At Carhan Bridge O’Connell’s home comes into view on the banks of Carhan River. He was born on August 6th 1775 at Carhan House. His parents were Morgan O’Connell and Catherine Mullane who hailed from north Cork. There were10 siblings in the family 4 boys and 6 girls. The O’Connell’s farmed 600 acres and lived in a 2 storey house with slate from Valentia on the roof and the home comprised of 5 bedrooms. Morgan was a farmer, shopkeeper and smuggler, and they sold lace, wines, silk and brandy. The O’Connell’s also had salt-pans and a tannery.

As was customary in the early 19th century Daniel was fostered out to a Moran family in Teeromoyle. He experienced the life of a peasant and saw first hand the treatment of Catholics during the Penal Laws. When he returned home he could only speak Irish and he received his first taste of Education under a local hedge-school teacher by the name of David O’Mahony. It’s reported that he learned the alphabet in 11/2 hours. His wealthy uncle Maurice ‘Hunting Cap’ O’Connell was controlling Derrynane and he had no family. He therefore paid for Daniel’s education in France and later in London.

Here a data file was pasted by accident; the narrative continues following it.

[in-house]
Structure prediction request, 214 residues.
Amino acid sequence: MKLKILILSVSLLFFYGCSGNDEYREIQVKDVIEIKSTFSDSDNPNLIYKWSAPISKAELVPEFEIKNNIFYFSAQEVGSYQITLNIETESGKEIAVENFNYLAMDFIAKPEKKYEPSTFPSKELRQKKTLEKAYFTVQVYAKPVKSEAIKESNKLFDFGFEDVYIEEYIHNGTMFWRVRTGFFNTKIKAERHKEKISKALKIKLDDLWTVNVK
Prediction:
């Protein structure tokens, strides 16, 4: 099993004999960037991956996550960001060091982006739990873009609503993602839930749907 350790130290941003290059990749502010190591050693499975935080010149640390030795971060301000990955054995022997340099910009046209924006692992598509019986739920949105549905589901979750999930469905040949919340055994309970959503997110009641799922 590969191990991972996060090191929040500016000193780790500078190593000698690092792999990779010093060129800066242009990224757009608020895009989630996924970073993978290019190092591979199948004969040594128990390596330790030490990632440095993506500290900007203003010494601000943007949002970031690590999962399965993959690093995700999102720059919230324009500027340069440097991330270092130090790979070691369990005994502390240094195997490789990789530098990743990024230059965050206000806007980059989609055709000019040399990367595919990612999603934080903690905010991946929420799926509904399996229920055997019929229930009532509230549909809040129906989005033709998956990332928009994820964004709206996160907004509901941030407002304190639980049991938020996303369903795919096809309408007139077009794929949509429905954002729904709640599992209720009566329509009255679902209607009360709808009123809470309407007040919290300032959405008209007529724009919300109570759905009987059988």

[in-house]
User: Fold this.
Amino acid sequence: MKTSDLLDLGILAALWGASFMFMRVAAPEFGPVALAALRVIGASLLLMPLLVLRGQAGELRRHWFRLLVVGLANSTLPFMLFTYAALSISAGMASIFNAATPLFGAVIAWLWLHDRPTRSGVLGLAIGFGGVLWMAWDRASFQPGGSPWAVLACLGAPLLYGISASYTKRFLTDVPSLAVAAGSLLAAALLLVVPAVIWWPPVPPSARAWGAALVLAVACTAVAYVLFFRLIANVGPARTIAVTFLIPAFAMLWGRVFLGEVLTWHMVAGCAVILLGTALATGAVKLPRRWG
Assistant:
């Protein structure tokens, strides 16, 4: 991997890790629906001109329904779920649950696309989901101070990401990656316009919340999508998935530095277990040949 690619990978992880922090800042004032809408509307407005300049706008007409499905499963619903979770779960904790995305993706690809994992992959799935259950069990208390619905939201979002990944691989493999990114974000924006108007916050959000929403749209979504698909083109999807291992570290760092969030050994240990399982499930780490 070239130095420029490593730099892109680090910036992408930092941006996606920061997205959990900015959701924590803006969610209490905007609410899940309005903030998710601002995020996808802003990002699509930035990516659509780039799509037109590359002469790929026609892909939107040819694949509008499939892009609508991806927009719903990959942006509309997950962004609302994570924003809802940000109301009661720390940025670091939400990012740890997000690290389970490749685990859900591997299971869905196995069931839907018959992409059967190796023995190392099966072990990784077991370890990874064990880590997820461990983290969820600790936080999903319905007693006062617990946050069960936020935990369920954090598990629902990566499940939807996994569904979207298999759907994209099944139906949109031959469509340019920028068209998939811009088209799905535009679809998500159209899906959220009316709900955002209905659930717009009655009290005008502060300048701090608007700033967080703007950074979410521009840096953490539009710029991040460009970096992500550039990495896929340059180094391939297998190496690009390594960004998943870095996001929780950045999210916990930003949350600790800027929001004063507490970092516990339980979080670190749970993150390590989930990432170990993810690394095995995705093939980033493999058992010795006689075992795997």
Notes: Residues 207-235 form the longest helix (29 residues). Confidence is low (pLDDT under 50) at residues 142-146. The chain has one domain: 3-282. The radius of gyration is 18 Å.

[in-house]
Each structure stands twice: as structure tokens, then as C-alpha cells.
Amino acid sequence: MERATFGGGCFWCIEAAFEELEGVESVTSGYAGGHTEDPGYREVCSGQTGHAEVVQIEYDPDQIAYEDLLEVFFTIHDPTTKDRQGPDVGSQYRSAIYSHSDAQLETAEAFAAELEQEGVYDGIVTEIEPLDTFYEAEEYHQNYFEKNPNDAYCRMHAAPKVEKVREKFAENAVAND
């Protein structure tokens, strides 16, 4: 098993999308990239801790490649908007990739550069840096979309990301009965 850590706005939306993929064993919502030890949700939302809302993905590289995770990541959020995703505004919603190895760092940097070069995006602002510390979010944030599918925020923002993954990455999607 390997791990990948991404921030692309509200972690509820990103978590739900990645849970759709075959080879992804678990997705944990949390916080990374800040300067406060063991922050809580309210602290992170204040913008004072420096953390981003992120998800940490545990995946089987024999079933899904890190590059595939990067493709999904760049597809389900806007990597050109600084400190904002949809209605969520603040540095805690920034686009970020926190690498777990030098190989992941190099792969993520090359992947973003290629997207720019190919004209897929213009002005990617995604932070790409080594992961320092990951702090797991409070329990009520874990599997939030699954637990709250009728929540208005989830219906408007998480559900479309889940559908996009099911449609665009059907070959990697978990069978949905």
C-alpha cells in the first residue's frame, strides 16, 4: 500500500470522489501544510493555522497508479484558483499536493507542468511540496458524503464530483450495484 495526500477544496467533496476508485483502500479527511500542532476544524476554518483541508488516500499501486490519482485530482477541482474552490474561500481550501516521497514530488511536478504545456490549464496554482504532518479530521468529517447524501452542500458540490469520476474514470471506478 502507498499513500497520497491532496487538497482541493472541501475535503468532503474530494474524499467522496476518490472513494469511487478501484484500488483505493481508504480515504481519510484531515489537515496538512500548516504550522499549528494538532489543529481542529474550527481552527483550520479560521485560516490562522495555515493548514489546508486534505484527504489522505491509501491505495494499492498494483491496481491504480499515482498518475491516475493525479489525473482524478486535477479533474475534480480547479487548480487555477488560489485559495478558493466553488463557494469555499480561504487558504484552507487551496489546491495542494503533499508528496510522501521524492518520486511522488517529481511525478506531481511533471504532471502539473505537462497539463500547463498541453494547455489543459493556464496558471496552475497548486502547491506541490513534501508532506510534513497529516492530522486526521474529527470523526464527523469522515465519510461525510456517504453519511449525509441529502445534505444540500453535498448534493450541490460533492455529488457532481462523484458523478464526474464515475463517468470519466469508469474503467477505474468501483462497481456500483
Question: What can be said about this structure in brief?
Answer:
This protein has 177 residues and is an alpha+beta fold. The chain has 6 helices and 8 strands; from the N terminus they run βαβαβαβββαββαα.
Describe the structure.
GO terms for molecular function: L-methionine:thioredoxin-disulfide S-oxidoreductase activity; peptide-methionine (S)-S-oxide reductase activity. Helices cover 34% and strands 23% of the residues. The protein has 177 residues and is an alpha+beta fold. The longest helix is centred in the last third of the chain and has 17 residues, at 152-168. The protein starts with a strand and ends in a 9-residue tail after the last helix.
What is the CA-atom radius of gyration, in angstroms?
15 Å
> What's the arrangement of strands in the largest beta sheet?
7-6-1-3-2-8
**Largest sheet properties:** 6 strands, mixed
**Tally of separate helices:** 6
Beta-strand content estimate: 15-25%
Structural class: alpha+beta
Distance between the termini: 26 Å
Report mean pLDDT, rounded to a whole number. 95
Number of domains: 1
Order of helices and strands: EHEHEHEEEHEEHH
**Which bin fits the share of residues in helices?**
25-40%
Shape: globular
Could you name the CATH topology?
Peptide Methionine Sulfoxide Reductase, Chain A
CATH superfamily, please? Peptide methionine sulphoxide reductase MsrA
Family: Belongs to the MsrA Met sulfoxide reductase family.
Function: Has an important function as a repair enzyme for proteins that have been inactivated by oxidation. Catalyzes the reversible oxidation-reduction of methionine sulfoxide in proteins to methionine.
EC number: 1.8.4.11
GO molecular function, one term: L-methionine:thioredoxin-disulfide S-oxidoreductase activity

O’Connell’s mother Catherine died in 1836 and shortly afterwards Carhan House was sold to local Dr. Barry who lived at Villa Nova. Both O’Connell’s parents are buried in Holy Cross abbey in Old Market Street.

O’Connell Trail 6

Prior to the establishment of the new road between Mountain Stage and Cahersiveen by Alexander Nimmo in 1823, the Main Road from Waterville went along Barr na Sráide, Old Road and the Rocky Road. It was this route that Daniel O’Connell used on his many journeys to Dublin and to attend to his busy schedule as a lawyer throughout the country. Along this road was the residence of John Primrose, a man O’Connell appointed as his agent in the area in 1822. O’Connell, due to his political demands frequently forgot his obligations to his tenants and so John Primrose took care of the estate on O’Connells absence; and he received a salary of £100 a year. Primrose showed little passion for the tenants and was feared and hated in the community. The residence of Primrose adjacent to the Rocky Road was a rectangular building of two wings, all of two storeys high and in a very good condition. Primrose was also a lessor in the Parish and his home was known as a house where the local gentry were lavishly entertained on numerous occasions. Primrose was under